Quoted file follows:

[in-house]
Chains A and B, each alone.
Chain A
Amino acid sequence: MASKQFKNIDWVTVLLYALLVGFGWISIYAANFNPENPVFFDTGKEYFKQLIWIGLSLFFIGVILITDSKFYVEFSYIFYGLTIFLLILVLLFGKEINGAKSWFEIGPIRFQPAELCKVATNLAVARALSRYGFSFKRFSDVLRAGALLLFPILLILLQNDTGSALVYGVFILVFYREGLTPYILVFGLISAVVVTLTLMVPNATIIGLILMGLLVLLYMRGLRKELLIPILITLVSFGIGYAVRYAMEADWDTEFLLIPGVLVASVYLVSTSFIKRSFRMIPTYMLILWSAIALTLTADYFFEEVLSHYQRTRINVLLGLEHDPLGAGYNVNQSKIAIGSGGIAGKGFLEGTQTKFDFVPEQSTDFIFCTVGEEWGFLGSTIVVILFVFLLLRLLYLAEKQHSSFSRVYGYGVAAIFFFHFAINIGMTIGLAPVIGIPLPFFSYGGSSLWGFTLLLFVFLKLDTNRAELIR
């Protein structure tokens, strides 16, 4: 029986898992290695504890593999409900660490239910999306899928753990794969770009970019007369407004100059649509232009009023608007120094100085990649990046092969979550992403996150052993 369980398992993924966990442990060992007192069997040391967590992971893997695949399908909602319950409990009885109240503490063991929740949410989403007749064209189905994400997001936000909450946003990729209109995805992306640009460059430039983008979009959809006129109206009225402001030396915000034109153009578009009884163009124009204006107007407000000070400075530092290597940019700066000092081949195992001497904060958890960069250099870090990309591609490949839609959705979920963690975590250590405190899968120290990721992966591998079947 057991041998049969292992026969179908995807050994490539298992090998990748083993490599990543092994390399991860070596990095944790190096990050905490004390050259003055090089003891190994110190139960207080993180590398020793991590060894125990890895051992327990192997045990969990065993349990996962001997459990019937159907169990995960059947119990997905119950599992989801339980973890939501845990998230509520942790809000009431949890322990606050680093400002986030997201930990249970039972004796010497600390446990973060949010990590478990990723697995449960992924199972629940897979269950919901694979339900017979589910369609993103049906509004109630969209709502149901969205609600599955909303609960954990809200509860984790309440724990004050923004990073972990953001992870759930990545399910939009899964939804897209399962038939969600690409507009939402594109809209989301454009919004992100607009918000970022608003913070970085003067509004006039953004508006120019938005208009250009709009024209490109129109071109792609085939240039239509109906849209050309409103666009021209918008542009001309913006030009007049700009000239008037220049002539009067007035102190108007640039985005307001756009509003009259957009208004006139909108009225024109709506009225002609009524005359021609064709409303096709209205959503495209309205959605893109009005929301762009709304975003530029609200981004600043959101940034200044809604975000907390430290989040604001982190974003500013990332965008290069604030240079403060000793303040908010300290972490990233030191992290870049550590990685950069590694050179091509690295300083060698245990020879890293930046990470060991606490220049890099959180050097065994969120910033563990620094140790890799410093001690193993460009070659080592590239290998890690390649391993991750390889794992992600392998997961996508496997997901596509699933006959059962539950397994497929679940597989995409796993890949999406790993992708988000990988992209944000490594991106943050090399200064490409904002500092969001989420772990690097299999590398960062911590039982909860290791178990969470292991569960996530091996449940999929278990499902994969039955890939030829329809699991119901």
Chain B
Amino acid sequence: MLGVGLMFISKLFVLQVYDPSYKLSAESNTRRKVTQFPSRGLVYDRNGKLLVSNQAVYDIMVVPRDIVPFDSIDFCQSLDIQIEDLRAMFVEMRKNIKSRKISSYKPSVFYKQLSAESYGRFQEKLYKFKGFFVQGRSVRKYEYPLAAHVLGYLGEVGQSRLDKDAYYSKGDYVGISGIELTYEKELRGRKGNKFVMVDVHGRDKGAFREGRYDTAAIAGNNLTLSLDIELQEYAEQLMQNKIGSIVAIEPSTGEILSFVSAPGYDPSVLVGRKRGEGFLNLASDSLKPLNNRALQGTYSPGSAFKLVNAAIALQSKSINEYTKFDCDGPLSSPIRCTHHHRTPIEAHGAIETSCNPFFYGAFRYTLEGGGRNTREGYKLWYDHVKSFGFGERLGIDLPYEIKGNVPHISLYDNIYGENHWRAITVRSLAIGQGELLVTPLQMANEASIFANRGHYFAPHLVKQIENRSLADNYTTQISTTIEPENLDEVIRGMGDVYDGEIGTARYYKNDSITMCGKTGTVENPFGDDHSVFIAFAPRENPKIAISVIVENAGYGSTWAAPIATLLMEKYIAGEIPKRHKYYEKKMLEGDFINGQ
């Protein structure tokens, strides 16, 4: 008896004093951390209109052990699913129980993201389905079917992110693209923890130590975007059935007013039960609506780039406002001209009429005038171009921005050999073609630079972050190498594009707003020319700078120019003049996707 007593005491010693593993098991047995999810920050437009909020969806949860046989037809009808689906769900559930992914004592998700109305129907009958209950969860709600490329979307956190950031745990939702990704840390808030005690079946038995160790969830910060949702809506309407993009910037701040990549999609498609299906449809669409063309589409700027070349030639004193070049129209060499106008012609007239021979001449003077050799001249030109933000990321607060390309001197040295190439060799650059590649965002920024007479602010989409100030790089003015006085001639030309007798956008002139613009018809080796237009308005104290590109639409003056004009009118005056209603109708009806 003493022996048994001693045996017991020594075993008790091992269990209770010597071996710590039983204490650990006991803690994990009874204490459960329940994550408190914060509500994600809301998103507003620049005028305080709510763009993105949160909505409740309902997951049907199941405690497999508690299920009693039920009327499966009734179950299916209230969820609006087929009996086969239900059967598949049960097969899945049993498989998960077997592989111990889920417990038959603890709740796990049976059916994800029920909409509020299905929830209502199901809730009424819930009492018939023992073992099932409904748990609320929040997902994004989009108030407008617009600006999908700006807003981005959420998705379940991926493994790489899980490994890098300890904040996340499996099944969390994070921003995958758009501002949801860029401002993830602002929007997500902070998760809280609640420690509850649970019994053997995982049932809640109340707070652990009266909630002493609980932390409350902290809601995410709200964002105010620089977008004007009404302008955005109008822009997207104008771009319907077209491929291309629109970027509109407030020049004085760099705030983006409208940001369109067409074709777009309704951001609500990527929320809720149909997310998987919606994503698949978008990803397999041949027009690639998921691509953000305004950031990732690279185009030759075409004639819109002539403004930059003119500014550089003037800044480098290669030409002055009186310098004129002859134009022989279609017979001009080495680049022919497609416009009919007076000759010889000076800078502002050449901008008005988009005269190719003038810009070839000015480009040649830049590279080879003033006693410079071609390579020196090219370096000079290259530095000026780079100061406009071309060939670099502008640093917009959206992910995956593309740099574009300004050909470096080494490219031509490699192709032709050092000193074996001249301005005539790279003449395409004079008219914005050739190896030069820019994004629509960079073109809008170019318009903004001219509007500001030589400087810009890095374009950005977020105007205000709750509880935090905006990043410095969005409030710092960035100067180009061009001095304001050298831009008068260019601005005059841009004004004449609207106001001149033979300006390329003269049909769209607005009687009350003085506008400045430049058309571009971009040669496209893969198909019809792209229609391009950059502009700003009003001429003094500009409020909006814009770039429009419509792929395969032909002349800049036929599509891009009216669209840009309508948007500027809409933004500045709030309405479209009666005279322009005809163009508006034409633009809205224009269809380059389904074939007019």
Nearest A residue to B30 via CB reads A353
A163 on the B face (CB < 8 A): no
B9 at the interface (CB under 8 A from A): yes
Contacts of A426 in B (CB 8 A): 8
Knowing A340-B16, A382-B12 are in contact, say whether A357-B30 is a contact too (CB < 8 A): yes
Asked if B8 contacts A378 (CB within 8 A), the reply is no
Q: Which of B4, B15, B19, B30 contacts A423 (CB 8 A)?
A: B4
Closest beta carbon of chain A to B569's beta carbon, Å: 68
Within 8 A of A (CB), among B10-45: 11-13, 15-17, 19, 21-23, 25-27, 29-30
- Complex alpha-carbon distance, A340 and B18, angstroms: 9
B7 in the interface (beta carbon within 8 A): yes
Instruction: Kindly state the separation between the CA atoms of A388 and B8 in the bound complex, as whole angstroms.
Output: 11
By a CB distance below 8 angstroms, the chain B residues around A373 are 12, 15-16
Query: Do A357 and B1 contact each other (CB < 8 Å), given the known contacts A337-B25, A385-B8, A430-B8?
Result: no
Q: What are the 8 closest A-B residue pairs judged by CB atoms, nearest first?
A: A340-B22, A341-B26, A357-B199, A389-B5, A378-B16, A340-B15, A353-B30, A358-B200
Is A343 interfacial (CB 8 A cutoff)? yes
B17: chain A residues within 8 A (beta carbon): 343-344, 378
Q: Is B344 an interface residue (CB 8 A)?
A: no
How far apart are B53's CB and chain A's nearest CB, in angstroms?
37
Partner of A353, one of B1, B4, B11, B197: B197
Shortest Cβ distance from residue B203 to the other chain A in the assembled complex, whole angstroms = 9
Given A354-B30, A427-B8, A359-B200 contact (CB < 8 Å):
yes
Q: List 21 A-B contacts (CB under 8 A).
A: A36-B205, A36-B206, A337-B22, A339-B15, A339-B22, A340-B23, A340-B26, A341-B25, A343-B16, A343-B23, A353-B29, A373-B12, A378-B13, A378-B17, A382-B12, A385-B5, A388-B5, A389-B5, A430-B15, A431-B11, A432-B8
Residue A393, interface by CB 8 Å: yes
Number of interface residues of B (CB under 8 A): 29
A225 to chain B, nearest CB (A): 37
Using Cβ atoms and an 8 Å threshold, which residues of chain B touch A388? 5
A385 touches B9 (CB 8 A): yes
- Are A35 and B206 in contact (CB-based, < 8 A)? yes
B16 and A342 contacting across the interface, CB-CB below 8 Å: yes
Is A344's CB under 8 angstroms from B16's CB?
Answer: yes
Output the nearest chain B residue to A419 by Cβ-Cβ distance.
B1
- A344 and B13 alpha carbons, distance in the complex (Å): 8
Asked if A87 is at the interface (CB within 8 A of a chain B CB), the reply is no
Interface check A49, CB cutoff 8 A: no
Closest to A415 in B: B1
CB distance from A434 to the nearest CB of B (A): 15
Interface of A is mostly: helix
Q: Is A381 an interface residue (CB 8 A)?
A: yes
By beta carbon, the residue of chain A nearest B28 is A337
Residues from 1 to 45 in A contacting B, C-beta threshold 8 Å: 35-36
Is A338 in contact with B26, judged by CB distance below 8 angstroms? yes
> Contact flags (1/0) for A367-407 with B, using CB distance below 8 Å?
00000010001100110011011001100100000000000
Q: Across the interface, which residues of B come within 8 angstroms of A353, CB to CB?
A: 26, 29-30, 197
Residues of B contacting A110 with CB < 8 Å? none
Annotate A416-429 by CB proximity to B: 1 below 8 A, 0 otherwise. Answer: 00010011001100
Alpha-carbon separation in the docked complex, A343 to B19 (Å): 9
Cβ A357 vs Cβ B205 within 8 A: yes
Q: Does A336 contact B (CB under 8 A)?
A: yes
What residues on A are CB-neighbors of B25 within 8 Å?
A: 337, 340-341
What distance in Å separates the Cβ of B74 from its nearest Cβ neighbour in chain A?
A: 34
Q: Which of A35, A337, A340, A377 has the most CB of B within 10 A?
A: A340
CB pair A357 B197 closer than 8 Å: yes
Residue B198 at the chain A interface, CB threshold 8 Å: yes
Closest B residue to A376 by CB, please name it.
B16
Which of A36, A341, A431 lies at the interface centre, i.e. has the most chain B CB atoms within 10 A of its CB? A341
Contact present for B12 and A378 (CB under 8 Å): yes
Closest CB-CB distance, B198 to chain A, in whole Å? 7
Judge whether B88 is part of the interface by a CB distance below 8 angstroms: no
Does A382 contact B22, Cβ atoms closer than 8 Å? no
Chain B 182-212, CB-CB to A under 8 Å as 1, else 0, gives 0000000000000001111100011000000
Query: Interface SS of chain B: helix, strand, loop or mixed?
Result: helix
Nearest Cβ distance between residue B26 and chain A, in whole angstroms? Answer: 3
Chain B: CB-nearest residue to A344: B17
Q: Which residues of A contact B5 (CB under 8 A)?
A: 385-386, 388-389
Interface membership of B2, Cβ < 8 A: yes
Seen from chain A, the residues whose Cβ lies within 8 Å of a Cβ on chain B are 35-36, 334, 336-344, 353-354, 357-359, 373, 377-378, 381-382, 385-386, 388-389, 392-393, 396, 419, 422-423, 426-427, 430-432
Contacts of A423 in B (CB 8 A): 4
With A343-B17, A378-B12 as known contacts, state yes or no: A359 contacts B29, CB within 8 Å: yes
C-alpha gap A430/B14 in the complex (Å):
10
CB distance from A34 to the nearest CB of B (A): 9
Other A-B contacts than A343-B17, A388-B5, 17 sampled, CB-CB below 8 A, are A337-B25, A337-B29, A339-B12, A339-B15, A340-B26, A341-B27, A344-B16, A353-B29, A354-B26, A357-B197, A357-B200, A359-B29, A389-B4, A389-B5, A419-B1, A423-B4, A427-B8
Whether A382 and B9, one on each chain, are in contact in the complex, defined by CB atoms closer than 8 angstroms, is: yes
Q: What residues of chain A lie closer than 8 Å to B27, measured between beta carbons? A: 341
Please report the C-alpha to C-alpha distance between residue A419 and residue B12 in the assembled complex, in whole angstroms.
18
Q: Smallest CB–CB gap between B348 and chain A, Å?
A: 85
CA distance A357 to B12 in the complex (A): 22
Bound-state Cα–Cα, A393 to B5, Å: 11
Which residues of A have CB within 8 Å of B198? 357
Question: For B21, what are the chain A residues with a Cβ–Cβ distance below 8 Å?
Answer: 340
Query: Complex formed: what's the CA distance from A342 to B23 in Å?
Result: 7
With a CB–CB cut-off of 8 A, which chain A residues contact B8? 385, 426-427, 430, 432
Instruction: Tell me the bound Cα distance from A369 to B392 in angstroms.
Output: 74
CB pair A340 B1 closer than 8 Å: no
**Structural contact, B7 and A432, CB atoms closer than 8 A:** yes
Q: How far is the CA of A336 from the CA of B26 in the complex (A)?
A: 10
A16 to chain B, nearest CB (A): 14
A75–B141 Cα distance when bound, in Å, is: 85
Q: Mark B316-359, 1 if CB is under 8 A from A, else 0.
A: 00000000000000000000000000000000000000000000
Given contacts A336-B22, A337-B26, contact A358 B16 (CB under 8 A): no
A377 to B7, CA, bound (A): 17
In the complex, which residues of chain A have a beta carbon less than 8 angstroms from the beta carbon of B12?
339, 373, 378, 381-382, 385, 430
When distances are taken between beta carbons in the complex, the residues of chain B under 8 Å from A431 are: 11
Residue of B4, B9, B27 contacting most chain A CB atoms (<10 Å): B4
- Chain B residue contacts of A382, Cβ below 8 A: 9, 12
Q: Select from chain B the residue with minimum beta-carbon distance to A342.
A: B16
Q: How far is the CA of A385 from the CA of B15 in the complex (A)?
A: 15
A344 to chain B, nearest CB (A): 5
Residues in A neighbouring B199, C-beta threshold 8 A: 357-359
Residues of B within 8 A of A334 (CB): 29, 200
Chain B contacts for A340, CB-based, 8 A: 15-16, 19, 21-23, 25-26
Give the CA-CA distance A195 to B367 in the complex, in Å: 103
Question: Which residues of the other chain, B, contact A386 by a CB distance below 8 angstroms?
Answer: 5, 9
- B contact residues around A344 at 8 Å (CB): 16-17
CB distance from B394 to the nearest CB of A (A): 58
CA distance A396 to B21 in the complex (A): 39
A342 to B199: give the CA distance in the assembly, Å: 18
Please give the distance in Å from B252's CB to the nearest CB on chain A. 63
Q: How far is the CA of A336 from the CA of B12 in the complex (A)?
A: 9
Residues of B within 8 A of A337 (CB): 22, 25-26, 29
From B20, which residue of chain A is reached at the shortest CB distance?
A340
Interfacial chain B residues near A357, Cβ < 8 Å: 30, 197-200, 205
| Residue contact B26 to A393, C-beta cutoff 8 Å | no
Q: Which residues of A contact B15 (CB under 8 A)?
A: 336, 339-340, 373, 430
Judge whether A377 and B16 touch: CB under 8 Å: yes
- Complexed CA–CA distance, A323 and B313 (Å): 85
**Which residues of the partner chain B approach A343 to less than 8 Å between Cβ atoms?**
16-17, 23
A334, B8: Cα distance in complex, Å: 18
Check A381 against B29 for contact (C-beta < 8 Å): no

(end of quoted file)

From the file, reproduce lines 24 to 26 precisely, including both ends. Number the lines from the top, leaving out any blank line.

Query: Do A357 and B1 contact each other (CB < 8 Å), given the known contacts A337-B25, A385-B8, A430-B8?
Result: no
Q: What are the 8 closest A-B residue pairs judged by CB atoms, nearest first?